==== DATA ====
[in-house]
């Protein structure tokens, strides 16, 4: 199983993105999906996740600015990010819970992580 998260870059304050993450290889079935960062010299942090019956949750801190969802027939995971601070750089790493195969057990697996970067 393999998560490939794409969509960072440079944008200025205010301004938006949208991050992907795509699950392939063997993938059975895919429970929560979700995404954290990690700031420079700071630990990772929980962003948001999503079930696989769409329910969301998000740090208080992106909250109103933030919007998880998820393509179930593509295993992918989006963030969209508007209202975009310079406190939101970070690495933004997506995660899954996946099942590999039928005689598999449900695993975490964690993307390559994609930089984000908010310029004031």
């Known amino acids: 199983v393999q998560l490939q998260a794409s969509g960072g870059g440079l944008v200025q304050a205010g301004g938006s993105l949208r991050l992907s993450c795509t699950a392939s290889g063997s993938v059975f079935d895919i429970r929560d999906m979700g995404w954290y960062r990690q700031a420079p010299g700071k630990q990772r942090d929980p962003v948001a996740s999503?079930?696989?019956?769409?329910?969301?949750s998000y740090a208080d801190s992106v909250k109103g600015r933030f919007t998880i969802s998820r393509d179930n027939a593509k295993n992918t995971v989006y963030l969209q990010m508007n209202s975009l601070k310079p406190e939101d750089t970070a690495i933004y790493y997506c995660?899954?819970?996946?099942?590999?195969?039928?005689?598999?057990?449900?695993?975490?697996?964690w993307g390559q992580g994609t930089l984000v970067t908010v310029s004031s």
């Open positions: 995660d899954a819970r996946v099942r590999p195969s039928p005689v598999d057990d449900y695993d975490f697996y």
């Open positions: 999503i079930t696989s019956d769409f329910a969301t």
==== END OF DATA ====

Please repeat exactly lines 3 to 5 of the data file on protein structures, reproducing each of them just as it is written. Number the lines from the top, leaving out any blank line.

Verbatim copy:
């Known amino acids: 199983v393999q998560l490939q998260a794409s969509g960072g870059g440079l944008v200025q304050a205010g301004g938006s993105l949208r991050l992907s993450c795509t699950a392939s290889g063997s993938v059975f079935d895919i429970r929560d999906m979700g995404w954290y960062r990690q700031a420079p010299g700071k630990q990772r942090d929980p962003v948001a996740s999503?079930?696989?019956?769409?329910?969301?949750s998000y740090a208080d801190s992106v909250k109103g600015r933030f919007t998880i969802s998820r393509d179930n027939a593509k295993n992918t995971v989006y963030l969209q990010m508007n209202s975009l601070k310079p406190e939101d750089t970070a690495i933004y790493y997506c995660?899954?819970?996946?099942?590999?195969?039928?005689?598999?057990?449900?695993?975490?697996?964690w993307g390559q992580g994609t930089l984000v970067t908010v310029s004031s």
């Open positions: 995660d899954a819970r996946v099942r590999p195969s039928p005689v598999d057990d449900y695993d975490f697996y």
């Open positions: 999503i079930t696989s019956d769409f329910a969301t």